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Smart home: improvements we need to see in 2019
tado° Smart Thermostat Opinion Google 4 min read 2 comments

Smart home: improvements we need to see in 2019

2018 was an important year for the smart home market, with many advances in how to manage the various devices. Among the undisputed protagonists are Amazon Alexa and Google Assistant, who offer control of various gadgets through their smart speakers. However, we have not yet reached the desired levels. That's what it needs to improve in the smart home realm in 2019.

A central control interface

If you too want to be able to control all your smart devices from a single source, you'd be disappointed. Unfortunately, there is no way to interface Apple HomeKit, SmartThings, Alexa and Google Assistant in a single solution. Among other things, due to various business partnerships, many devices support one assistant over another, and vice versa.

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Some Nest devices are only compatible with Google Assistant. / © AndroidPIT by Irina Efremova

Take, for example, Nest products, some of which have been launched without any kind of support for Amazon Alexa or Apple HomeKit. Competition between these companies is legitimate, but for the smart home market to continue to grow, more support is needed for all major voice assistants for the various devices.

Automation that's easier to set up

The next step in an intelligent home is automation, which means that, depending on certain circumstances, the devices automatically perform a pre-established action. For example, turning on the light in a particular room at night when you open its door.

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The automations are comfortable but sometimes also incredibly complex to set up. / © AndroidPIT

Most of these automatic action can be set up today, but in most cases it is not easy. Samsung's SmartThings platform, for example, provides the ability to set up different actions based on the time of day, but this requires the creation of multiple modes first and, consequently, the creation of additional rules.

For a nerd it might seem like a great pastime, but for the average user or smart home novice, this can be a real headache.

Increased support for third-party manufacturers

Third-party devices used to control the smart home don't always work as well as you would expect. I often ask Alexa to turn on the lights, but on the first attempt she fails miserably. The ring on my Echo Plus lights up, but nothing happens. After a second attempt, there's no problem, but the issues don't end here!

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The interface with third party devices needs immediate improvement! / © Andrey Popov/Shutterstock

Part of the problem stems from the fact that third-party devices we want to control through a voice assistant must pass the command given through an API, which tends to be much less reliable than the classic direct command on an official app.

Increased support for third-party manufacturers could dramatically improve device reliability by offering greater security and discouraging the use of wired systems in favor of wireless systems. Imagine having a single bridge for all Smart Home devices in your home. Wouldn't that be great? You should know that this is partially possible thanks to Homey, but you will have to spend around $350, arm yourself with a lot of patience, and verify that you have devices compatible with the proposed standards.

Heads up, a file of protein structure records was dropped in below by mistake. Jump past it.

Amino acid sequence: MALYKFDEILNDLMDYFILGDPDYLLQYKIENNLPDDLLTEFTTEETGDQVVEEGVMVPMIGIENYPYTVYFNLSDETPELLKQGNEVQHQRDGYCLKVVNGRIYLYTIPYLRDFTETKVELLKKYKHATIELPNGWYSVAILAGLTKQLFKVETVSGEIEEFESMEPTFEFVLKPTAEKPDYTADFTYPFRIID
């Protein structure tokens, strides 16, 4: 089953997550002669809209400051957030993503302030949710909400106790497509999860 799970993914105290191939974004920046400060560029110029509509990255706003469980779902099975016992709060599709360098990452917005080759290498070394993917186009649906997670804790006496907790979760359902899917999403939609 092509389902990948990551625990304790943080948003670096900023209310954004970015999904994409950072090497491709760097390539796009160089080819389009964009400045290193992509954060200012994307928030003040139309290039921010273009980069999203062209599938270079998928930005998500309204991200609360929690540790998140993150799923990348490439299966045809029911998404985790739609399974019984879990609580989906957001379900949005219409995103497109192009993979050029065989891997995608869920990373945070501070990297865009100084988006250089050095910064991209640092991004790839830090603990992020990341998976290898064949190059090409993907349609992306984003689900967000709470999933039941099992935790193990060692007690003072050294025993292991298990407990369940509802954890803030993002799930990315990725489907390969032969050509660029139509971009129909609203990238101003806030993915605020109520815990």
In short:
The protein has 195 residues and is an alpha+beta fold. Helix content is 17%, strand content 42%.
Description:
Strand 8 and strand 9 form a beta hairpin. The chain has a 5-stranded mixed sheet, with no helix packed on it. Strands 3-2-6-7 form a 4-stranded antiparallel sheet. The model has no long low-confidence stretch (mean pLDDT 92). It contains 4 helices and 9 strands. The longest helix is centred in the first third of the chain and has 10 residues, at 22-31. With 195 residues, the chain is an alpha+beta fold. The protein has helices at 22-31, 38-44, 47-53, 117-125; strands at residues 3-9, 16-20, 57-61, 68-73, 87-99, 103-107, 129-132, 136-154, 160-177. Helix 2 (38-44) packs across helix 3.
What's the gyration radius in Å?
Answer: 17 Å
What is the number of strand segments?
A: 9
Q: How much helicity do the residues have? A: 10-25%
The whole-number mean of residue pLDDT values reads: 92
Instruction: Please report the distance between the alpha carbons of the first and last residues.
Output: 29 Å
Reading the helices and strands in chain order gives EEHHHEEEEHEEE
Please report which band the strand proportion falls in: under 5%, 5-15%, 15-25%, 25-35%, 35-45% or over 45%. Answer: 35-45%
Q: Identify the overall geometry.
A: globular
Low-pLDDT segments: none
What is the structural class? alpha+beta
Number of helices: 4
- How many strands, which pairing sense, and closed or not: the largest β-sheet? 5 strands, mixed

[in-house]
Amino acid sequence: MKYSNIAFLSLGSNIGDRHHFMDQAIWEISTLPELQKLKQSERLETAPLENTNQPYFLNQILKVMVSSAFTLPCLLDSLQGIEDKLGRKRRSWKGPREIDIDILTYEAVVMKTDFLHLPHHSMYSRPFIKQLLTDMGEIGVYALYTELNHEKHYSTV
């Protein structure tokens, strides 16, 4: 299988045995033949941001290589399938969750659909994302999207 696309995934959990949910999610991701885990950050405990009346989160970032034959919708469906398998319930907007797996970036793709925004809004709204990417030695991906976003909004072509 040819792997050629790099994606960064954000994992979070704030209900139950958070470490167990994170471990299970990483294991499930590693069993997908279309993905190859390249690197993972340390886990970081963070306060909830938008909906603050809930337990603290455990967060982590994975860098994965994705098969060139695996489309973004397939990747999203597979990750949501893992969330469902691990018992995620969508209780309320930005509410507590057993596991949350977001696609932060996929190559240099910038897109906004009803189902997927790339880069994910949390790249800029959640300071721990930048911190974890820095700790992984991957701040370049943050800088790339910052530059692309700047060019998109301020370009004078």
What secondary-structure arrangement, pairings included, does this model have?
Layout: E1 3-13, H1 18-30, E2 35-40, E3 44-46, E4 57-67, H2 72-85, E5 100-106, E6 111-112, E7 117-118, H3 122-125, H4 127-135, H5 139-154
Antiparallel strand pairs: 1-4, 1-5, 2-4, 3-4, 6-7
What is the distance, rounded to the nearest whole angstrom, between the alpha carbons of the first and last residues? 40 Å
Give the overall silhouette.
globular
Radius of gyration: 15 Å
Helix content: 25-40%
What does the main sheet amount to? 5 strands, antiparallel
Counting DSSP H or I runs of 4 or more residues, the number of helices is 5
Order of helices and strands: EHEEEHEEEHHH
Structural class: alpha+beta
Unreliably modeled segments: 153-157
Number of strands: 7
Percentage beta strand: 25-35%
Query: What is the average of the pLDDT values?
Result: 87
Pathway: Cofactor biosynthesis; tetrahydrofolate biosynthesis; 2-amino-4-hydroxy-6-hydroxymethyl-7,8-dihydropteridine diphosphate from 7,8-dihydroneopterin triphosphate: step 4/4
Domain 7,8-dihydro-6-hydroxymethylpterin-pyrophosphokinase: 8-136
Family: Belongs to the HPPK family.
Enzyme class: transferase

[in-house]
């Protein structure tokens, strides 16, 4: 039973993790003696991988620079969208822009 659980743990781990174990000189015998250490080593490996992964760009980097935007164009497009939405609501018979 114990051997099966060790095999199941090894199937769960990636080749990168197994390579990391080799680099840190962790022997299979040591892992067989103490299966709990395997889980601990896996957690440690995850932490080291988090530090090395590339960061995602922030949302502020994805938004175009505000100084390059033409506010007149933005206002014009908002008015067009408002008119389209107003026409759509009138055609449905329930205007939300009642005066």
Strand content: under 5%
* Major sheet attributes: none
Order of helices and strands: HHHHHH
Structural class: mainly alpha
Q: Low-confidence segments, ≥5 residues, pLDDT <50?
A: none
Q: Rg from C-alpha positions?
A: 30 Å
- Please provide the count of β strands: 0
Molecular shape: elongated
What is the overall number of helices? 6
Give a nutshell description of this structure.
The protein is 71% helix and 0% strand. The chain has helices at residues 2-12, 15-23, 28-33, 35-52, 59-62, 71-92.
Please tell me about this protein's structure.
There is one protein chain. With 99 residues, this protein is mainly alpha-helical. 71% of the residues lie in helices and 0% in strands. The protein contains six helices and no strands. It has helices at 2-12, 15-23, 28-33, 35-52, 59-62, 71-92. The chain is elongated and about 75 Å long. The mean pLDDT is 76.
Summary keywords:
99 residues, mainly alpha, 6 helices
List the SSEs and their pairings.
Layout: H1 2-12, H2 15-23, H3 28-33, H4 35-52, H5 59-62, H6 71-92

Intelligent (or predictive) maintenance

A smart home should not only control the various devices in your home, but it would also be useful if it could offer information about their maintenance. LG, for example, already has its own SmartThinQ technology built into some of its high-end devices. This system alerts the user to any problems promptly - for example, when the refrigerator does not cool properly or when it is left open.

It would be nice to be able to see more and more of these sensors that observe and monitor our appliances and alert us to potential problems before they are beyond fixing. Predictive maintenance could accelerate and decrease repair costs.

Tado is one of the companies that is focusing on this aspect and, through a technology called OpenTherm, extracts information from the boilers for maintenance purposes - constantly detecting its efficiency to help solve a problem before it even occurs.

What other things would you like to improve in your Smart Home? Let us know if there's anything else we should include in our list in the comments below.

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  • Please write an article describing the benefits and challenges of smart home technologies and smart home products for old citizens.


  • storm 4 months ago Link to comment

    Upgradable wifi dongles or cards. These things should last across multiple generations of wifi. They need an upgrade path. It's also important for security.

    Long term maintenance commitment. Guarantee me 10 years of patches/upgrades/drivers. Anything I'm putting in my home should last that long at least.

    Give me a server module in my home so everything can stay local. Also more secure and private.